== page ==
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{{Collection citation
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| text = <!--bibdescbegin-->Board of Registration and Statistics. Census of Canada, 1861. Public Archives of Canada, Ottawa, Ontario. <!--bibdescend-->}}
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== Record Content  ==
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Key genealogical facts found in the 1861 Nova Scotia Census are:
  
*Key genealogical facts found in the 1861 Nova Scotia Census are:
 
 
*Name  
 
*Name  
 
*Gender  
 
*Gender  
Line 20: Line 34:
 
*Family members
 
*Family members
  
== How to Use the Records ==
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== How to Use the Record ==
  
This census records the birthplace for each person, along with his or her age, and other personal information. Since the census attempted to record all the people living in a household, it may identify individuals for whom other records simply do not exist.<br>
 
  
== Record History<br>  ==
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To begin your search, it would be helpful if you knew the following information:
  
The Census contains the 1861 census for the province of Nova Scotia. The Nova Scotia census day was March 30th, 1860. Census takers were asked to record information about all those who were in each household on the census day, as well as any who have died since that day. A census taker might have visited a house on a later date, but the information he collected was supposed to be about the people who were in the house on the census day. Enumeration was by census district. Census districts were voting districts, not counties, although most have the same names as counties. For the most part, census districts were synonymous with cities and counties, and subdistricts were synonymous with towns, townships, and city wards. Villages, small towns, and parishes were generally enumerated as part of the township in which they were located. Census district and county boundaries were not always the same, and there were many variations from location to location.<br>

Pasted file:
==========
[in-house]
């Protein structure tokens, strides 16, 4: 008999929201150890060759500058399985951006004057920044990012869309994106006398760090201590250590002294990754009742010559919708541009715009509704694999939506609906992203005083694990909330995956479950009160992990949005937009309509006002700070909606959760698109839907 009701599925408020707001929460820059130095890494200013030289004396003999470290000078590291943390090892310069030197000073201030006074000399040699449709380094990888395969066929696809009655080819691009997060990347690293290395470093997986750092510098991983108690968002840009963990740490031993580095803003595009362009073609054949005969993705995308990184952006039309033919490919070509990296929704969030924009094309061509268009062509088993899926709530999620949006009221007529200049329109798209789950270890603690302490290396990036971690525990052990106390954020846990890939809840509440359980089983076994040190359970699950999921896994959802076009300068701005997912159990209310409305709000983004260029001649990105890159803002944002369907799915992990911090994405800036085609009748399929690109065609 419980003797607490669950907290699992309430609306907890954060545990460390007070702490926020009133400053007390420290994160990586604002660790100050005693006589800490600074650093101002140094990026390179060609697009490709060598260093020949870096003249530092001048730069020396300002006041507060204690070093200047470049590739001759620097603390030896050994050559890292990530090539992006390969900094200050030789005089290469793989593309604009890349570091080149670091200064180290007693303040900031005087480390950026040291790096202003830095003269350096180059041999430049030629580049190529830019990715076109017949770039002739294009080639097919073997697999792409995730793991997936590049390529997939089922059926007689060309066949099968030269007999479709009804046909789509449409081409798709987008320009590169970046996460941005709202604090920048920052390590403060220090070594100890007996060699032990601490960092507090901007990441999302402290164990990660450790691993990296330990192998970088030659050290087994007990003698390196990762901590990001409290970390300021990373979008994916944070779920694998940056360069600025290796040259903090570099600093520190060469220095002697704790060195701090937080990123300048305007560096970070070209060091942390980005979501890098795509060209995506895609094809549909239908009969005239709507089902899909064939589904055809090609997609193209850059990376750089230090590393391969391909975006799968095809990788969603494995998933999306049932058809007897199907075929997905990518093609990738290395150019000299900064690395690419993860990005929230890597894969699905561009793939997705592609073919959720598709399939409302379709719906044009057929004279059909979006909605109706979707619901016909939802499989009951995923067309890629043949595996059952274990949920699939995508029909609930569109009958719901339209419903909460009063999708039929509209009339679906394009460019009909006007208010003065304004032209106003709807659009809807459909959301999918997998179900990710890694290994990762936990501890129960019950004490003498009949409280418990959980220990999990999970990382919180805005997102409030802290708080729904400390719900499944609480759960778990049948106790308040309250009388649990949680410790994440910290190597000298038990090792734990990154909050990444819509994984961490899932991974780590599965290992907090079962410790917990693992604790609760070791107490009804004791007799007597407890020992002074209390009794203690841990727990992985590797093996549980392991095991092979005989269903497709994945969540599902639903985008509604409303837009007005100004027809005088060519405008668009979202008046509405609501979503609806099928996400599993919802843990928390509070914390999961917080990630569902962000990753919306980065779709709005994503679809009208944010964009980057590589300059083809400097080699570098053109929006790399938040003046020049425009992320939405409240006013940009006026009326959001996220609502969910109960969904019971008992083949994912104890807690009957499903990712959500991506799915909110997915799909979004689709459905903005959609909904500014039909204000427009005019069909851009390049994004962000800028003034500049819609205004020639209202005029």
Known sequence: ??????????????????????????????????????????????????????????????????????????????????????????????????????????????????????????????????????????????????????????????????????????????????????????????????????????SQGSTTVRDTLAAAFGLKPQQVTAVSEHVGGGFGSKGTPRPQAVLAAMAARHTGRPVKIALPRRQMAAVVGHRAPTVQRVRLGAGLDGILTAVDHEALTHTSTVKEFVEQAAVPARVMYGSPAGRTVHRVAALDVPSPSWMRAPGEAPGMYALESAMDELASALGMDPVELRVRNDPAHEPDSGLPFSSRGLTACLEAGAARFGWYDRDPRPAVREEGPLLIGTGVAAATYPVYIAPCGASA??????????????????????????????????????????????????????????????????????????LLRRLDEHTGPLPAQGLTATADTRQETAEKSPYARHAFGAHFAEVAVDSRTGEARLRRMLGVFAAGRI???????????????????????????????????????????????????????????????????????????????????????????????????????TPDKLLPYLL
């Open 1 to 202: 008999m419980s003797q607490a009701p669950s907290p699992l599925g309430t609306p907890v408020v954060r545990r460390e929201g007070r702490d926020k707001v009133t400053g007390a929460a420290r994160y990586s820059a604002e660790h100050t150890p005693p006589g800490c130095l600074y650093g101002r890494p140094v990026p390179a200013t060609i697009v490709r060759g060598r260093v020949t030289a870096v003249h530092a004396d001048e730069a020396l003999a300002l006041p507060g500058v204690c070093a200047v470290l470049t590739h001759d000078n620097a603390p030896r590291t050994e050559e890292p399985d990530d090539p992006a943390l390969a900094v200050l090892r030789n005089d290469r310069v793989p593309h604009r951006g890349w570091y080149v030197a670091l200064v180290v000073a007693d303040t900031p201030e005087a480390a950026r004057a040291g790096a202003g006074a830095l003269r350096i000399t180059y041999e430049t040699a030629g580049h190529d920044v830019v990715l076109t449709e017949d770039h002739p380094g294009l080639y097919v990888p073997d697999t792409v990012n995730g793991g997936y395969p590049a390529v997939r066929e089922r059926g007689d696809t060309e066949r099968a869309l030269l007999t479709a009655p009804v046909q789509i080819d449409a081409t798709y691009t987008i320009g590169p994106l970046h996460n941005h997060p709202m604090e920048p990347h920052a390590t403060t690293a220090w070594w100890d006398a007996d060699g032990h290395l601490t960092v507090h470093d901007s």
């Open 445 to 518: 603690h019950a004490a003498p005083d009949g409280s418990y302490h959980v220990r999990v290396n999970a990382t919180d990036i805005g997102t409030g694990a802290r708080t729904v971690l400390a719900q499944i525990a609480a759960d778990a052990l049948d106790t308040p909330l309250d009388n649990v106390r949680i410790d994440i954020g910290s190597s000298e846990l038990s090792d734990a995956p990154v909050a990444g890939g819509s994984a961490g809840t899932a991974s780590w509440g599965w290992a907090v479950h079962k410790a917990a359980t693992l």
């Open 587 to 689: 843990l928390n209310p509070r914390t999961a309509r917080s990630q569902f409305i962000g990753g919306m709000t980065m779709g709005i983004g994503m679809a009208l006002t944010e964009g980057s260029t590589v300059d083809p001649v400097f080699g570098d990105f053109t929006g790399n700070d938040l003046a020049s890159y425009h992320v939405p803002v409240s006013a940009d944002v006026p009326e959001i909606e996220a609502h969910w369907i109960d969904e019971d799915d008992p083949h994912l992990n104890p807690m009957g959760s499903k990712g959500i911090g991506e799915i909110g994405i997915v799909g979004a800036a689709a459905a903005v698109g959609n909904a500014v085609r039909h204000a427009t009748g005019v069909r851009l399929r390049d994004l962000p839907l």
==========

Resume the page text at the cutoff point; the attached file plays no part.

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*Name of Ancestor
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*Approximate year of birth
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*Place of birth
  
=== Why this Record Was Created ===
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==== Searching the Index ====
  
Canadian census records were taken to enumerate the population for representation, taxation, and other purposes.<br>
+
Fill in the requested information in the initial search page. This search will return a list of possible matches. Compare the information about the ancestors in the list to what you already know about your ancestors to determine if this is the correct family or person. You may need to compare the information about more than one person to find your ancestor.